As I write this in the Northern Virginia suburbs of Washington, DC, it is snowing steadily and the winds are blowing. We're on our way to another 20 inches on top of the two feet or so of crusty five day old snow that we already have. Federal government offices in the region are shut down for a third day in a row and probably will be tomorrow as well. It's looking like school will be cancelled through April and I think the sound I hear in the distance is that of the calendars of busy people being blown into smithereens.
If you live in the Midwest or Northeast United States, you are learning to deal with the question of, "What do I do on a snow day (or days)?" As a public service for immobile leaders, I offer some suggestions below and encourage you to add yours. (After all, are you so busy today that you don't have time to leave a comment?) If you are among the group of leaders elsewhere in the world who can literally get where you need to go today, I encourage you to read along anyway. Perhaps you can learn from or offer some encouragement to those of us who are stuck.
Herewith, some suggestions for what to do on a snow day:
Accept It: Remember the Serenity Prayer? I'm paraphrasing here but it goes something like, "Grant me the courage to change the things I can, the grace to accept the things I can't and the wisdom to know the difference." Embrace your snow days as an opportunity to practice radical acceptance. One thing's for sure. You ain't changing the weather.
Get to the Important Things that Have Been Crowded Out by the Urgent: This one is inspired by the model from Stephen Covey that shows how we spend our time can be categorized into four buckets: Not Urgent and Not Important, Urgent but Not Important, Urgent and Important and Not Urgent but Important. That last bucket is the one that many leaders never get to and it usually involves activities around building and strengthening relationships or building capacity for the future. Now that your calendar has blown up for a few days, what Important but Not Urgent activities can you get done? There may be some thank you notes you've been meaning to write or a catching up phone call with someone important to you. Maybe it's time to dip into that book you've been wanting to read. Use some of your snow day time to do something that's important but not urgent.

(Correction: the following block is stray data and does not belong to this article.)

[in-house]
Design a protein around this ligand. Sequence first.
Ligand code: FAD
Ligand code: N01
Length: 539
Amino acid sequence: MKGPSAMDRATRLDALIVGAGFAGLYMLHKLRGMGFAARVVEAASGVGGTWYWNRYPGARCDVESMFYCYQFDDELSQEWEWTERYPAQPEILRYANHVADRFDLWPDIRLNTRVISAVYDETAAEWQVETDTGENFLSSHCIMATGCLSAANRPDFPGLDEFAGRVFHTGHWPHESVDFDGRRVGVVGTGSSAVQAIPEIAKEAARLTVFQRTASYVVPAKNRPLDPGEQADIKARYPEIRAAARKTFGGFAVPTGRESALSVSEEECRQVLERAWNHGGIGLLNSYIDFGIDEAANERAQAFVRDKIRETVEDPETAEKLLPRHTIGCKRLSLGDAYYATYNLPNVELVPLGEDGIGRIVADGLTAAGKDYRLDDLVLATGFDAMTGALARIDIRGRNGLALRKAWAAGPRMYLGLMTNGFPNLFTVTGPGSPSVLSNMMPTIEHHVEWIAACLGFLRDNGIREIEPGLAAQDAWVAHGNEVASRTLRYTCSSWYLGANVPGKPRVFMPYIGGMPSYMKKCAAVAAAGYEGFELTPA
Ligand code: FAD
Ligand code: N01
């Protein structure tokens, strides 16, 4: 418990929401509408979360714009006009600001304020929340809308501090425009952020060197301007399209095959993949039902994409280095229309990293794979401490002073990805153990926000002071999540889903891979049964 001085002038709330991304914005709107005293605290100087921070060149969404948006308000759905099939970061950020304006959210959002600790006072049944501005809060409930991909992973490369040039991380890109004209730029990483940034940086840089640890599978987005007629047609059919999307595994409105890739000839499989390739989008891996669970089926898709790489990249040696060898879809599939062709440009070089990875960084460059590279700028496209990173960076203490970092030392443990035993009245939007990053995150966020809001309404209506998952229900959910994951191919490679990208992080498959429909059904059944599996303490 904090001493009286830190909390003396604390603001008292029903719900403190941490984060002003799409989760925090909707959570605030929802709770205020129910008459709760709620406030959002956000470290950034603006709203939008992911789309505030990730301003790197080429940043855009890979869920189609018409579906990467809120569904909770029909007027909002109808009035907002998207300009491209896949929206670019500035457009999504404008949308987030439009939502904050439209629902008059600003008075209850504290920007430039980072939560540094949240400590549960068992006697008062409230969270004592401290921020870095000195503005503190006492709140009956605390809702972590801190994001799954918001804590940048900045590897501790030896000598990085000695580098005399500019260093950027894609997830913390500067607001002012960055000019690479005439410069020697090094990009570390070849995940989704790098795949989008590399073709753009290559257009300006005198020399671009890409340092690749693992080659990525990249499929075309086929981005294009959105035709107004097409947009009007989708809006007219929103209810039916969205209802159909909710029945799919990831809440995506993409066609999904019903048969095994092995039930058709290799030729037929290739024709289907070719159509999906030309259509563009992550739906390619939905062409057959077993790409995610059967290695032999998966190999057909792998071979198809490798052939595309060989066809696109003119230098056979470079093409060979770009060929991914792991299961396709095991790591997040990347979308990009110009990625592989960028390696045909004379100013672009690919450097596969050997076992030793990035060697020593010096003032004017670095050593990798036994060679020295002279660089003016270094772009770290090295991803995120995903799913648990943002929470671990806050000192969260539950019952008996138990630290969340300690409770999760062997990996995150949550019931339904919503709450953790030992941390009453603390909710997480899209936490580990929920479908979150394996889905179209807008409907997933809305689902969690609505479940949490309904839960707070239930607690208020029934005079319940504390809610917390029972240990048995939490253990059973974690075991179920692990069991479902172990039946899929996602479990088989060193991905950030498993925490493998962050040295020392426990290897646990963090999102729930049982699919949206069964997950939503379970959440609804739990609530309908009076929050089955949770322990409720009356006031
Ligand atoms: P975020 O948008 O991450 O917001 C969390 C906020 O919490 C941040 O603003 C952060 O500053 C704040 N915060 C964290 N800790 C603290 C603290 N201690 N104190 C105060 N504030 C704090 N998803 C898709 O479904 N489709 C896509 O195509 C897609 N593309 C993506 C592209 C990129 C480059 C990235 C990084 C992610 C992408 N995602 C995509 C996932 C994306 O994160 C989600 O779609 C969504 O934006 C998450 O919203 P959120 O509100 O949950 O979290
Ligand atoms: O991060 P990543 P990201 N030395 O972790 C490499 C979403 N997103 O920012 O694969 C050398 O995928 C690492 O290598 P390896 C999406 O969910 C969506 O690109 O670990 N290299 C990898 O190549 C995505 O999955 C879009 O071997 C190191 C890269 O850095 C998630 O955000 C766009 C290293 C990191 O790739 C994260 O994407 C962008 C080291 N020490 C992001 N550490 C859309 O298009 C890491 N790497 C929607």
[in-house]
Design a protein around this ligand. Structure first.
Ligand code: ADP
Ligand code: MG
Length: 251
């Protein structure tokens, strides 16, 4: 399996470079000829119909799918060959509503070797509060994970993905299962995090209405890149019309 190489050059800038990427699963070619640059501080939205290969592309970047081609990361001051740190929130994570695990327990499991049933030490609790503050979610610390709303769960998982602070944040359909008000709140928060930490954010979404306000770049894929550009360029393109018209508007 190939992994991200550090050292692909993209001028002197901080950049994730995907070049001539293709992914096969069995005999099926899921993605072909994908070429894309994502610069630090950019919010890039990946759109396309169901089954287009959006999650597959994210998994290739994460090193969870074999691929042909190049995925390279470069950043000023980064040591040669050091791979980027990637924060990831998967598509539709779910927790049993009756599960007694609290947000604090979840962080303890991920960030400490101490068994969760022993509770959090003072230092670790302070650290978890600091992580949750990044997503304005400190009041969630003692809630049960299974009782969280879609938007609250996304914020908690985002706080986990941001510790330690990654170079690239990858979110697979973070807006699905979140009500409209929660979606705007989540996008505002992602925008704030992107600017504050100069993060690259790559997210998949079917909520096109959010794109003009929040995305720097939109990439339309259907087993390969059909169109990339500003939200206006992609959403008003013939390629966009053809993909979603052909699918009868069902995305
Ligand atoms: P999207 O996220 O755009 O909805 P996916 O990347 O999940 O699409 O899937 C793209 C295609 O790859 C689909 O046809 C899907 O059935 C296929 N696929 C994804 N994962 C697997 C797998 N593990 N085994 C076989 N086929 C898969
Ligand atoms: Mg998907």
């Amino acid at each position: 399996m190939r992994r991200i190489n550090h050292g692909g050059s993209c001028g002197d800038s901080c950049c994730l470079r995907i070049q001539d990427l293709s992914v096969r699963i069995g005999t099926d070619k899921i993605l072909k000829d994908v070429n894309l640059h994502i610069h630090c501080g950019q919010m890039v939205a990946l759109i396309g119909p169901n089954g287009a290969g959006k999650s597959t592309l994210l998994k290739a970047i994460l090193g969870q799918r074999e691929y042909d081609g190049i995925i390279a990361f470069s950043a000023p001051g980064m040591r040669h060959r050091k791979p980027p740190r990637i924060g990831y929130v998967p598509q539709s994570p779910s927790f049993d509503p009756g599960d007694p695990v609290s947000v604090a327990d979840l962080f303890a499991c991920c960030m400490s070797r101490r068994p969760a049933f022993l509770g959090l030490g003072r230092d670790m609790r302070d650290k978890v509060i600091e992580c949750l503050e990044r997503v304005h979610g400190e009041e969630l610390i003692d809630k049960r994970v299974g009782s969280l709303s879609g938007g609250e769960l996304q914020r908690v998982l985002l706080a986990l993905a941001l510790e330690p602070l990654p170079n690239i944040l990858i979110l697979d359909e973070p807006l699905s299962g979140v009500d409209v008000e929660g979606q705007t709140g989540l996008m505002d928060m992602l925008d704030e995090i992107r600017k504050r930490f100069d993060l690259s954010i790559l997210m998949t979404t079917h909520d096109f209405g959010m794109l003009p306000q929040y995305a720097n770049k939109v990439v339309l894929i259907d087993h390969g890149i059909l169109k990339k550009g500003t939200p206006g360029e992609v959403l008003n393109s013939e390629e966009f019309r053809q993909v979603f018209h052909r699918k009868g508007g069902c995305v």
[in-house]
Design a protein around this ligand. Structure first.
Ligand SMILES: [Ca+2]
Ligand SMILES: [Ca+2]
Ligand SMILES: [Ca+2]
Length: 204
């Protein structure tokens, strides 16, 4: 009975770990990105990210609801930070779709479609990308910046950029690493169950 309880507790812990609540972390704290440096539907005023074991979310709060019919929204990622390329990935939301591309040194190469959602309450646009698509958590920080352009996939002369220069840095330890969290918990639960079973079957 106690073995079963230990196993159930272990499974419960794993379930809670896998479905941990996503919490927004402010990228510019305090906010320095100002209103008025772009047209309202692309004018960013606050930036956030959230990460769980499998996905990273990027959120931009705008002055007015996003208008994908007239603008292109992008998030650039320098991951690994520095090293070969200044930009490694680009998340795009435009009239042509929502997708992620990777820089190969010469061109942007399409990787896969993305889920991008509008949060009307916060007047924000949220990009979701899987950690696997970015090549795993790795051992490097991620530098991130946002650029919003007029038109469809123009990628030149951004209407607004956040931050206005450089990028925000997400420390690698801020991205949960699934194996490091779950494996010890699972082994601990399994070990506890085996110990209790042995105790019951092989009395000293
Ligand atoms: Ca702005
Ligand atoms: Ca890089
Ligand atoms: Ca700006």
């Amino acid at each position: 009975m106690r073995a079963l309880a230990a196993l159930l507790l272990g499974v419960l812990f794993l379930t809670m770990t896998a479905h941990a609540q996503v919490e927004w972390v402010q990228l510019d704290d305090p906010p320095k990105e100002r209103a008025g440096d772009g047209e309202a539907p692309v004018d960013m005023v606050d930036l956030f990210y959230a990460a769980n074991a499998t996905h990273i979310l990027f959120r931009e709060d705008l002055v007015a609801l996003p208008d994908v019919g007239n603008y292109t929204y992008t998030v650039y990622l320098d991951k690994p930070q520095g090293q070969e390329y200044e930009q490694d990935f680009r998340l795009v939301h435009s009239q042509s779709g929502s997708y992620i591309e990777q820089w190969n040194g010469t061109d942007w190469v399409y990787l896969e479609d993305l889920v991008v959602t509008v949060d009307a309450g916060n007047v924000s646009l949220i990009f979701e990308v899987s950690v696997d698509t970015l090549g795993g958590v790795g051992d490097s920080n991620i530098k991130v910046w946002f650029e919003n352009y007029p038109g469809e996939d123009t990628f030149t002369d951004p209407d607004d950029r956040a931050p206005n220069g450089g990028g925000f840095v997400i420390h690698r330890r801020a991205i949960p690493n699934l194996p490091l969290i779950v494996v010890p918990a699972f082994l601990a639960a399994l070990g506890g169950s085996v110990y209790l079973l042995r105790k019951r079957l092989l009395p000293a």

Practice Your Virtual Leadership Skills: For those things that just can't wait until the roads are cleared, a snow day presents an opportunity to practice your virtual leadership skills. Your organization probably already has technology in place that lets you conduct conference calls, web enabled meetings and other ways to collaborate online. My observation is that while the technology is available, a lot of people haven't really figured out yet how to project the presence that they have in a physical location into a virtual setting. Play around with that during your online snow day meetings. In particular, focus on your energy level and tone of voice (you need more juice in a virtual setting to compensate for the lack of physical presence), keeping others engaged through asking open ended questions of specific people (e.g. Bob, what do you think we should do next?) and sending out an agenda in advance so everyone can stay on track.
Make the Most of Being Stuck: Chances are, you're stuck in the same place for several days with those other human beings known as your family. Take some time to enjoy each other during the snow days. The work will still be there when you get back. If you've reached your capacity on family time, remember that most of the people you work with back at the office have families too. Lighten up a bit on your expectations over the next several days. Everyone is dealing with competing commitments at times like this. Give them support and space to do so. While you're at it, do the same thing for yourself.
OK, that's my quick list. What advice do you have for your housebound compadres? And, let's be sure to give a big shout out to the folks on the road crews, power crews and first responders who are working their tails off in incredibly tough conditions to keep the rest of us safe. Let's all be sure to say thanks when we have the chance.